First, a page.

Red-billed oxpeckers are little birds who spent most of their time living on large animals, like buffalo. They are very useful as they eat the ticks and clean wounds.
One of the most amazing moments was seeing this gigantic animal. At the rate they are being poached I might not get to see it much more often, which is so incredibly sad.
Day 3 was mainly spent relaxing and meeting with Steve, the other owner of the lodge. He’s been working in the bush for over 17 years and has an amazing amount of knowledge. When you talk to him you can almost feel the passion he has for what he does, which is so great. Our interview went really well and he seemed to be impressed.
Later that night we had dinner in the boma, around the campfire with oil lamps on each table. I didn’t take any photos unfortunately, so to give you an idea of what it looked like I googled a similar image. Just click the link http://trialx.com/curetalk/wp-content/blogs.dir/7/files/2011/05/cities/Boma-1.jpg). Once again, the food was great and I felt so lucky to be experiencing something new (again!). We met some great new guests and went to sleep with the sound of lions roaring probably 500 meters away from us.
Our last day at Toro Yaka was one I will never forget. At 6AM, we were woken, once again, by a knock on the door for our walk through the bush. Yes that’s right….walking!! After a hot drink and some rusks we headed off….and it was AMAZING!! If you’re not a fan of walking, don’t be put off by the term “bush walk”, because it’s nothing like going for an ordinary walk. This was an experience of a lifetime! Having Steve guide us, with all his knowledge was incredible and I learned so much. We saw dozens of tracks (giraffe, civet, leopard, lion, elephant, buffalo, impala) and and a huge amount of bones scattered all around us, making it all the more exciting, but the the very best part was when we came across a herd of 5 bull elephants. Breaking off branches, we could hear them from a distance. Slowly and quietly we made our way closer to the group and after a few minutes we were standing only 10 meters away from these incredible animals. My hands were sweaty and my heart was beating fast when one of the adult bulls started flapping his ears and trumpeting, but as soon as it realized we were no danger to him he resumed eating and were were able to sit down in the grass and observe them. It was a moment I will never forget.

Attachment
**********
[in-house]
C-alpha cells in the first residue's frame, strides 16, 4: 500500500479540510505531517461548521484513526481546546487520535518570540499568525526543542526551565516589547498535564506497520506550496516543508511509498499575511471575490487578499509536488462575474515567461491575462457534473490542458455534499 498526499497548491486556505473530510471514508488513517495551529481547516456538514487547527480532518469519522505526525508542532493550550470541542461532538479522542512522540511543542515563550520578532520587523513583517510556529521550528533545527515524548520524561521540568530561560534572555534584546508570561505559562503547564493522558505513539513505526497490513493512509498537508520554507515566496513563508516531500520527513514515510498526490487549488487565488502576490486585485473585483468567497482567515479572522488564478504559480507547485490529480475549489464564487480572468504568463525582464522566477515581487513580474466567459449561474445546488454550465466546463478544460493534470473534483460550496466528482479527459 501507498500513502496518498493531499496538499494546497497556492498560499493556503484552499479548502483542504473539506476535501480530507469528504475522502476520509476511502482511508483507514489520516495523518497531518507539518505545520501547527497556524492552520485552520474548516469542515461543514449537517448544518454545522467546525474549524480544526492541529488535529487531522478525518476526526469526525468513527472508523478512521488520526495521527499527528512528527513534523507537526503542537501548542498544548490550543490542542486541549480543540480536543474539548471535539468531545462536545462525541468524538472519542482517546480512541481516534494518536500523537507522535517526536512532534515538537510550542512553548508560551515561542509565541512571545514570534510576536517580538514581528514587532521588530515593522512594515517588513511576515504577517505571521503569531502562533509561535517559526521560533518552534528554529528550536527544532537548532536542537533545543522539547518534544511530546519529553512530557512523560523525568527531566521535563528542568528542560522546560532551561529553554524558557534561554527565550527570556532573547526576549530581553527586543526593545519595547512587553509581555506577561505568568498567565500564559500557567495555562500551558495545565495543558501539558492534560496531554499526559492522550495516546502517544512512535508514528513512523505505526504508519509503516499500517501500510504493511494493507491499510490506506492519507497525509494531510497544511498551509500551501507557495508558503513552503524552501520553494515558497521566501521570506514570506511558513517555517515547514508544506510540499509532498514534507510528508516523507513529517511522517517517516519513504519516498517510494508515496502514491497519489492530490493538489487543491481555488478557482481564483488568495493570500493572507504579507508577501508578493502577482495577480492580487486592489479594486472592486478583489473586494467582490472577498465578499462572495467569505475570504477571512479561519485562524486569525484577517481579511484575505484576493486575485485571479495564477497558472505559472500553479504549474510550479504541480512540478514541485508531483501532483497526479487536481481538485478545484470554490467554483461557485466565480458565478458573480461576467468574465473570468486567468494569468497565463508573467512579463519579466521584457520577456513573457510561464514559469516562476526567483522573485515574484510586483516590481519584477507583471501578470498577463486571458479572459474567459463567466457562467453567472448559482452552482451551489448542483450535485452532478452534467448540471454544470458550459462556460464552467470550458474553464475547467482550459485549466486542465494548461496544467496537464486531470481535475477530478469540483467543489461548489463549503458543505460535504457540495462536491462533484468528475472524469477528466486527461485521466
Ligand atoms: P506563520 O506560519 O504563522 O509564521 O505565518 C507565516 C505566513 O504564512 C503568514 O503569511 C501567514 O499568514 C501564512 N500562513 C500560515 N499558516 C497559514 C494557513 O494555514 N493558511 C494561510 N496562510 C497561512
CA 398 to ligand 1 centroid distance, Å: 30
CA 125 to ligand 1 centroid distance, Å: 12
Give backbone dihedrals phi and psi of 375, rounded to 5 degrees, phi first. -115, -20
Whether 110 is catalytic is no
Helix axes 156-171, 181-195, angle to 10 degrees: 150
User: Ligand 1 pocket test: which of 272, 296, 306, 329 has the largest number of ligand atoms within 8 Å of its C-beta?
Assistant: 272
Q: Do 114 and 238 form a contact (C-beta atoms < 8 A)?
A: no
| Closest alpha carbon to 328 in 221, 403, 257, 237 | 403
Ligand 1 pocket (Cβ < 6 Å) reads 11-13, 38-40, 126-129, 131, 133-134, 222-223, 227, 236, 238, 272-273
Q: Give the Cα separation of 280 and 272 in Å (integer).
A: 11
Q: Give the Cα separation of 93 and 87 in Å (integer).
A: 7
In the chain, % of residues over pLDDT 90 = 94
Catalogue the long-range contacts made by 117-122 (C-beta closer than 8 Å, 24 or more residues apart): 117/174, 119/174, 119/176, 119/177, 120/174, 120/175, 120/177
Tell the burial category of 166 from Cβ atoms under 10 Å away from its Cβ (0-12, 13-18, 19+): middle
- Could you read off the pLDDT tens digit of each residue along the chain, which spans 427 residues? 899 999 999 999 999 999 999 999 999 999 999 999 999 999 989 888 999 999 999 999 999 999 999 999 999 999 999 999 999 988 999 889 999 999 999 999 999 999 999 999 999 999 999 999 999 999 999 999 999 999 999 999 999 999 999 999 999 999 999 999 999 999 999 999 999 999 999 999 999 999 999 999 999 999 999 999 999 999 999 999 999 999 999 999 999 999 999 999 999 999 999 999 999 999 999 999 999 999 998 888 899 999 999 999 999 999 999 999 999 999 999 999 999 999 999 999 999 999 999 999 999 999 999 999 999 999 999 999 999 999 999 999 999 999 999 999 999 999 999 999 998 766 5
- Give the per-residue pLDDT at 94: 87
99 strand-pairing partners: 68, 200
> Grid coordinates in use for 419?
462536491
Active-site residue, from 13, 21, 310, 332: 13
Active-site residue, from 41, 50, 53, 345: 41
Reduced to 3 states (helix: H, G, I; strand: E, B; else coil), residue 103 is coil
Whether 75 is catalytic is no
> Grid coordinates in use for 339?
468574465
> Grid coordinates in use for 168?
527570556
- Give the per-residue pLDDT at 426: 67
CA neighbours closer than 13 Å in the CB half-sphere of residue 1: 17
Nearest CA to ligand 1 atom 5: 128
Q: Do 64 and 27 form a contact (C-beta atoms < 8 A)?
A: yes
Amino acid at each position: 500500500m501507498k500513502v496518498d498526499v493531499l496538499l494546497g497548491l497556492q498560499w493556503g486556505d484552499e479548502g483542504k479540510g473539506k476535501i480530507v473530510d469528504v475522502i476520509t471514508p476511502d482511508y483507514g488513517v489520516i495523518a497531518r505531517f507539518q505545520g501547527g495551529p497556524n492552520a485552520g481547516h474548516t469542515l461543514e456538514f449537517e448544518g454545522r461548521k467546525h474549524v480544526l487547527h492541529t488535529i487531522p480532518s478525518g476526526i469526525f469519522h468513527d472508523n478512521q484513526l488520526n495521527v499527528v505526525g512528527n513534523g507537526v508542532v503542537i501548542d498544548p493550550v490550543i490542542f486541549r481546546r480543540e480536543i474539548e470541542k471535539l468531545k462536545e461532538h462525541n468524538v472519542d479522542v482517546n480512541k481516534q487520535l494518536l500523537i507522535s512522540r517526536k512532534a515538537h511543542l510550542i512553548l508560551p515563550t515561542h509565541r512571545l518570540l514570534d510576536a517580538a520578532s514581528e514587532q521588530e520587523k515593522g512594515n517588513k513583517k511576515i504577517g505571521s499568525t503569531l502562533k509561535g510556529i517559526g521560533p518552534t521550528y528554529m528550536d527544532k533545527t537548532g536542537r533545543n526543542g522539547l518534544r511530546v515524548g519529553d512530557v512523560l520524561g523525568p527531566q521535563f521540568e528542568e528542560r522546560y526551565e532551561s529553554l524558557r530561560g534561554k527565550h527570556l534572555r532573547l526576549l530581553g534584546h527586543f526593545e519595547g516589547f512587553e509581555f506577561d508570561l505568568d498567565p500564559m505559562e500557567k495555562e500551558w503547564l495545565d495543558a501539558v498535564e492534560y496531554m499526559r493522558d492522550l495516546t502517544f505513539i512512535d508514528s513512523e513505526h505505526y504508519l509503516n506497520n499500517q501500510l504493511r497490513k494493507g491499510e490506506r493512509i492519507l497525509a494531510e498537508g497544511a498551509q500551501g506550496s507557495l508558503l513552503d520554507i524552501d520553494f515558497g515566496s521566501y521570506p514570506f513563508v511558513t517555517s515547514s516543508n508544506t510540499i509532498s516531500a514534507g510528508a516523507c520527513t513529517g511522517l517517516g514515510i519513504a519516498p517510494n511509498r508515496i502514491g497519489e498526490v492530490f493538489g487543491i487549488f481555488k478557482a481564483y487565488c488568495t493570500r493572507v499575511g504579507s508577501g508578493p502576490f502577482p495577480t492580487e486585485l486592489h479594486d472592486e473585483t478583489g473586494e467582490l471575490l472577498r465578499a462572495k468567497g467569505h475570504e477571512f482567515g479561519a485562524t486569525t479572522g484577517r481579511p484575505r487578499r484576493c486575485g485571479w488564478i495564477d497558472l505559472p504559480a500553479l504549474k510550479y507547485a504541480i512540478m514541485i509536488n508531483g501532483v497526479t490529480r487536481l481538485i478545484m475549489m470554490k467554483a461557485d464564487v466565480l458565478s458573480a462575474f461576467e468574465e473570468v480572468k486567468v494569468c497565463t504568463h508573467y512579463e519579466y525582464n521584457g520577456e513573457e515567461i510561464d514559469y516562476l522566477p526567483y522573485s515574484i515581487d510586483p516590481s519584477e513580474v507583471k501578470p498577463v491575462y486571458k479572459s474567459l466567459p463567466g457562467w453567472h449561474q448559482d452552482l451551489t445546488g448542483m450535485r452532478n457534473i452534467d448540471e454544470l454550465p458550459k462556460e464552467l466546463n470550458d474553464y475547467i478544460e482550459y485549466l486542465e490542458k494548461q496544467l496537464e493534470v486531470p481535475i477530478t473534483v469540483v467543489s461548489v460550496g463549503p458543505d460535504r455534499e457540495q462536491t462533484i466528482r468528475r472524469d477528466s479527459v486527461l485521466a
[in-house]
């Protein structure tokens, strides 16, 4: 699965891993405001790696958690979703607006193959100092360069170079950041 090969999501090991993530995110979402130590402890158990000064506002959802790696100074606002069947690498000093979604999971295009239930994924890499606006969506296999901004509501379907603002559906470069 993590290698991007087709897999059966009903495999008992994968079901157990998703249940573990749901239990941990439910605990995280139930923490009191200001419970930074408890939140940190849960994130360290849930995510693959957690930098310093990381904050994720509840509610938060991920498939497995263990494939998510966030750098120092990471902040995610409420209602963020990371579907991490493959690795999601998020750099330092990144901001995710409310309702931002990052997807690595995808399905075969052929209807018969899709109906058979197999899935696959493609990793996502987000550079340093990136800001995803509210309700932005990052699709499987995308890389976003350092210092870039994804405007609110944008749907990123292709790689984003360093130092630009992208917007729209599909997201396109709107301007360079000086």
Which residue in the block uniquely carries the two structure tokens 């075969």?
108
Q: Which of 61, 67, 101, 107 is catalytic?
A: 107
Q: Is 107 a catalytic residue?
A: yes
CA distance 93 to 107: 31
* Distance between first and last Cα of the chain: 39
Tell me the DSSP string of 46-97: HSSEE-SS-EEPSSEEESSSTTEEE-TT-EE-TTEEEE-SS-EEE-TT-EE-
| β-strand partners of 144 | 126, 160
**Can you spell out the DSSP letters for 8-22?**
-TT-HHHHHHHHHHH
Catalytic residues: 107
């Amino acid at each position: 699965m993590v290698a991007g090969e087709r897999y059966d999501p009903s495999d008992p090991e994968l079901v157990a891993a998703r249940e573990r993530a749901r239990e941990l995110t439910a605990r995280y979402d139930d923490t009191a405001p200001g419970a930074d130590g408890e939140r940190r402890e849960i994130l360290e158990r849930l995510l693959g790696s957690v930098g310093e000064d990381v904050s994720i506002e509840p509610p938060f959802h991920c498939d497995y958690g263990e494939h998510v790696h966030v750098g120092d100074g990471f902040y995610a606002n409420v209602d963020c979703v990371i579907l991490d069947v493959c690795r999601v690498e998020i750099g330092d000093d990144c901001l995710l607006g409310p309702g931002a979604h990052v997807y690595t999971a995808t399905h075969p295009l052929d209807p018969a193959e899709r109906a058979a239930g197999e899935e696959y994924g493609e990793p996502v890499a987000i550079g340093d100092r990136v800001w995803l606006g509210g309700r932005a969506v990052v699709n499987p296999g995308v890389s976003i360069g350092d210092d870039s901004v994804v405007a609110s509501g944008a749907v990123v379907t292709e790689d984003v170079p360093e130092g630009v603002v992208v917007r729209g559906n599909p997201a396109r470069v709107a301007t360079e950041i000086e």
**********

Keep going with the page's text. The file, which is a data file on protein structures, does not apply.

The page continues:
After 3,5 hours of walking (which more seemed like half an hour) it was time to head back for breakfast. Another vehicle had spotted the elephants and so Steve managed for us to get a ride back to the lodge. The looks on their faces when they saw us walking out of the bush was absolutely priceless! Not sure if they thought we were in great danger, lost or just plain crazy.
We had a huge breakfast and went to our room to pack our stuff for the drive back to Joburg. Before leaving, Steve and Nicole sat down with us to discuss a couple more things and pretty much offered us the job as Field Guide and Assistant Manager!!! We were over the moon and were given two days to think about it, but it was pretty clear what our decision was going to be….